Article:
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PUILADELPHIA,

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EDITED BY AN ASSOCIATION OF FRIENDS. trary proceedings in our courts of justice, which

have met with great encouragement since his PUBLISHED BY WM. W. MOORE, lordship came here for Governor ; (meaning the No. 324 South Fifth Street,

lord Cornbury, who oppressed the people sorely.)

But there has never so successful a stand been Every Seventh day at Two Dollars per annum, pay- made against it as at this time. And now, they able in advance

. Three copies sent to one address for threaten to send you to England chained to the Five Dollars.

Communications must be addressed to the Publisher, man-of-war's deck. Fear not, Samuel, adds he, free of expense, to whom all payments are to be made. they can no more send you there than they can

send me; for the law both here and in England An account of the life, travels, and Christian ex- is such, that every criminal must be tried where

periences in the work of the ministry of Samuel the cause of action is ; else why in England do Bounas.

they remove criminals from one county to anoth(Continued from page 227.)

er to take their trials where the offence was com. In his subsequent journey in New York, he mitted ? But you may, after the judgment of the met with much opposition from George Keith court is given against you, bring your appeal and the magistrates-being frequently indicted against that judgment; and you securing the before the latter and their courts. The charges in the like case, they dare not deny your appeal.

payment of such fees as are commonly allowed against him, his defence and controversies with But the Judge frets because he cannot have bis priests and judges, the pomp and ceremonies end against you. And besides, the Governor is with which their courts were opened, the judge's disgusted also, he expecting to bave made concharge to the juries, their lisagreement, and siderable advantage by it; but the country's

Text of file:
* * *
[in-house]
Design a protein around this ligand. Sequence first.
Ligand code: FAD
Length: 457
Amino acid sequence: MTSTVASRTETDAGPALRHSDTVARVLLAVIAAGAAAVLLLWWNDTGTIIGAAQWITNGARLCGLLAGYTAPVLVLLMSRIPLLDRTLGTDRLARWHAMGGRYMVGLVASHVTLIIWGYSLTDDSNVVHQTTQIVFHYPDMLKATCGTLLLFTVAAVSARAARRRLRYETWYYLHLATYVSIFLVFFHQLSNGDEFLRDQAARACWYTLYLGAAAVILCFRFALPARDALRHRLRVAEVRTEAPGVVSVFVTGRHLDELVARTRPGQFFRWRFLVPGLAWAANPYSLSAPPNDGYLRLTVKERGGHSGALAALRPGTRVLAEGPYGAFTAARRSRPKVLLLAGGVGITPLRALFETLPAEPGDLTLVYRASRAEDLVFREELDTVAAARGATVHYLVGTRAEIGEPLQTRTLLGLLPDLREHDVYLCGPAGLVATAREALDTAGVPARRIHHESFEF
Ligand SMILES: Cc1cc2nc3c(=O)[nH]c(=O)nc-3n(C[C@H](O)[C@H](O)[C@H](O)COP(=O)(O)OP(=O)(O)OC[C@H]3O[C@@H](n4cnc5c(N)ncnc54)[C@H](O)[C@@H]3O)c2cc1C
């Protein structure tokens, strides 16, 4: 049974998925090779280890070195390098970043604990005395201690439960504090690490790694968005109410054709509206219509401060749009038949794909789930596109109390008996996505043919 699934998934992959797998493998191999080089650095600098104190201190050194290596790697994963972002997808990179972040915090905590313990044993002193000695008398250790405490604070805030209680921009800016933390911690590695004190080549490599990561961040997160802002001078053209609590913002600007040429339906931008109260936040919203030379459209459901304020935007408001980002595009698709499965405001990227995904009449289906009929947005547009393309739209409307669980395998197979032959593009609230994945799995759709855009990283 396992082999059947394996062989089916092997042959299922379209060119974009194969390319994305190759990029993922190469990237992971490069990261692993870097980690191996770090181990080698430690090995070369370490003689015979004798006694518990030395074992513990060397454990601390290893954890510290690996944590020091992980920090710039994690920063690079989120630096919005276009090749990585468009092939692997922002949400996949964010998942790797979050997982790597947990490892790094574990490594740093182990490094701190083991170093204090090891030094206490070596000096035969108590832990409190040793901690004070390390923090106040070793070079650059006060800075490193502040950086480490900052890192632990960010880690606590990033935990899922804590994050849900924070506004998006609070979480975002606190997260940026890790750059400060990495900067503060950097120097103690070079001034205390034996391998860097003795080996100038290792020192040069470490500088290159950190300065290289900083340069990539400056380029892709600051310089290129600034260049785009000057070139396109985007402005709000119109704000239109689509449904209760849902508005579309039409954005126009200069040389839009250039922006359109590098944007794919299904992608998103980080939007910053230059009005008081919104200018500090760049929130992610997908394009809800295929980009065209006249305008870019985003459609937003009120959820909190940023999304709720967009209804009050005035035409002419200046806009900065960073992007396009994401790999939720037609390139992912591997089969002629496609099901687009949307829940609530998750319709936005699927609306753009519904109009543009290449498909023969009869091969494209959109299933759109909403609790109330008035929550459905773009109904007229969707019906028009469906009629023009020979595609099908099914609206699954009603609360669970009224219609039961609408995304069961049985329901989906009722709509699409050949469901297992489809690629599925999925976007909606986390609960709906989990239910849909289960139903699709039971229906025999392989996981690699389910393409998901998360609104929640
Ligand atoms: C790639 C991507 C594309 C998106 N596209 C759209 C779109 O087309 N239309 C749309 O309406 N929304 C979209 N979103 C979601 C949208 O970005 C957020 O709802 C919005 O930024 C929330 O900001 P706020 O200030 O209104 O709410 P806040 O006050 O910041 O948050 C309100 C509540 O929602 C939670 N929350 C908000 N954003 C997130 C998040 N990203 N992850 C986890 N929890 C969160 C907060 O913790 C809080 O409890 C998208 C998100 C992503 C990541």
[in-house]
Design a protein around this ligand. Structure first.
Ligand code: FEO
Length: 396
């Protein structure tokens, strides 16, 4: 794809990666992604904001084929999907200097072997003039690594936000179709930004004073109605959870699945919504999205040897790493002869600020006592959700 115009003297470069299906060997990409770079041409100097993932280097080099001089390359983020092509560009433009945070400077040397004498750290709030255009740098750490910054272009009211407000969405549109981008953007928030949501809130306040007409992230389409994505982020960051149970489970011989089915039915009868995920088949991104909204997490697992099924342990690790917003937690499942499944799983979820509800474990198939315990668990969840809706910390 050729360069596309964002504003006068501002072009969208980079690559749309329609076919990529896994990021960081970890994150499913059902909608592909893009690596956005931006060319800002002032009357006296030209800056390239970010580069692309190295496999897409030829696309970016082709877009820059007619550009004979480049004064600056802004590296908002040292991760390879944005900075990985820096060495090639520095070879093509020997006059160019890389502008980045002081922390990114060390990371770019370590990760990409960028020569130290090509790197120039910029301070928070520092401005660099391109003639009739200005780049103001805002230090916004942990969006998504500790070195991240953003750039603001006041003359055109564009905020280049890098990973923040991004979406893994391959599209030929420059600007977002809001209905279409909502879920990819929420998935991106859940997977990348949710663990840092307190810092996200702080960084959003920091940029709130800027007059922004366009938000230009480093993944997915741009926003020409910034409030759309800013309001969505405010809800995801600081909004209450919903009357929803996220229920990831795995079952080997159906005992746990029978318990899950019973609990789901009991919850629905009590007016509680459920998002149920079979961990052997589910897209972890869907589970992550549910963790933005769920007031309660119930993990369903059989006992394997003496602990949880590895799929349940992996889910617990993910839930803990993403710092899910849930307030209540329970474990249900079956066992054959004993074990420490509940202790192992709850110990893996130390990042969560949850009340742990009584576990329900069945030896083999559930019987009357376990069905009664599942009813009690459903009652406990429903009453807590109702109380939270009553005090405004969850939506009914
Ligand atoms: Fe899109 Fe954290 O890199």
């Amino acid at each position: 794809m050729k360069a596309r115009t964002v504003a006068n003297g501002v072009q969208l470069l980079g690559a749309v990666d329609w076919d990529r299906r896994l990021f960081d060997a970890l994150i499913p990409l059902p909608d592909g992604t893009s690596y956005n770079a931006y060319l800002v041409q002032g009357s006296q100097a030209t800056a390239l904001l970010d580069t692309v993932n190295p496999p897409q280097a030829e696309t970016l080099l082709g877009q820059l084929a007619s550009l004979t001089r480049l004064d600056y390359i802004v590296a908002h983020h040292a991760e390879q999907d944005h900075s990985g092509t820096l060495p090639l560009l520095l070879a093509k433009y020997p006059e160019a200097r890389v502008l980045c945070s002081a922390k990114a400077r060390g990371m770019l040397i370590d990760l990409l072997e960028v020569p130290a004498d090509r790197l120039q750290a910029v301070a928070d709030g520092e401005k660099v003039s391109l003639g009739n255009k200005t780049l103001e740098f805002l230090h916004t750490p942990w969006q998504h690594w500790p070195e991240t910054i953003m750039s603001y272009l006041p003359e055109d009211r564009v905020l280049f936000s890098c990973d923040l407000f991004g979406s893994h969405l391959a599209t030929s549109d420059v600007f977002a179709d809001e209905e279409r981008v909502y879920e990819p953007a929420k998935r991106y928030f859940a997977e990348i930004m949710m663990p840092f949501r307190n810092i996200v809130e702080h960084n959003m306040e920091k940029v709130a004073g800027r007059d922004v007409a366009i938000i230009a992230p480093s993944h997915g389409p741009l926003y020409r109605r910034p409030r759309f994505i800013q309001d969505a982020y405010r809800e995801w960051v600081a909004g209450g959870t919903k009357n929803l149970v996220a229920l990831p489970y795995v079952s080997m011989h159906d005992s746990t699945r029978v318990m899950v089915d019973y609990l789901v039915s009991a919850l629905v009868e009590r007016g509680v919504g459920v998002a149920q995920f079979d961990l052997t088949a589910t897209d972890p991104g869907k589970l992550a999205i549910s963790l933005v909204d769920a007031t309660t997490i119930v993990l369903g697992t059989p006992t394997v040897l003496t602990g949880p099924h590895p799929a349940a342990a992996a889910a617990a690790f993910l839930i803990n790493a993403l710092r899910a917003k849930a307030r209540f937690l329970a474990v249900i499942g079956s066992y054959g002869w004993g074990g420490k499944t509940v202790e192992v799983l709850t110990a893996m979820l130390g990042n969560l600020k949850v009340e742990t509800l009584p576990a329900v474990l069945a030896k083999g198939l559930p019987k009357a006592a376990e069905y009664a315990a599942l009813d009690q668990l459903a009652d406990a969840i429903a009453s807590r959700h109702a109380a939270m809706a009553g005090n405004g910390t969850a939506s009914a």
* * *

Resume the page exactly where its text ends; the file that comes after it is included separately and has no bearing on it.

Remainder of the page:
,

eyes are now opened, and you are not now alone, finally the judge threatening to send him bound but it is the cause of every subject; and they in chains to the man-of-war's deck to London will never be able now to get a jury to answer with other criminals, are minutely recorded in their end, the eyes of the country are so clearly

Ep.

opened by your case. Had, says he, the Pres

byterians stood as you have done, they had not When an account of ti s brought me,

I

so tamely left their meeting houses to the church. was under a great cloud, a... ; power of dark- But that people had never so good a hand at sufDess so very strong upon me that I desired death fering in the cause of conscience, as they have rather than life, fcaring that if I was so served, I had in persecuting others that differed from should be an object of derision to all on board ; them.” Here he blamed that people very much, and greatly doubting that I should not be able for being so compliable to all the claims of the to bear the suffering which I must undergo in Governor, although never so unreasonable and such a case, with that decency and honor that against law. was requisite in so good a cause.

And this honest man, as if he had been sent The Friends left me alone, and I having lost by divine commission, by his discourse raised my all ny faith, which was still worse than being drooping spirits, renewed my faith, and I was alone, I thought myself the most wretched among quite another man: and as he said, so it proved. men, and scarcely able to live under it. At They could not get the next jury to find the bill which time, an bonest old man* (his name was against me. Thomas Hicks, who had been Chief Justice in However, that court was adjourned for six the Province some years, and well versed in the weeks; and finding myself more closely confined

me, and on my standing up to than before, and not knowing when or how it shew my respects to him, he took me in his arms, would end, I began to be very thoughtful what

I saluting me with tears ; thus expressing him- method to take, not to be chargeable to my self: "Dear Samuel, the Lord hath made use friends. And as I was full of thought on my of you, as an instrumert, to put a stop to arbi- pillow about the matter, it came into my mind

He did not profess with us, but was almost one in to try if I could learn to make shoes; and apply. principle.

ing myself to a Scotch churchman in the neigh

his journal.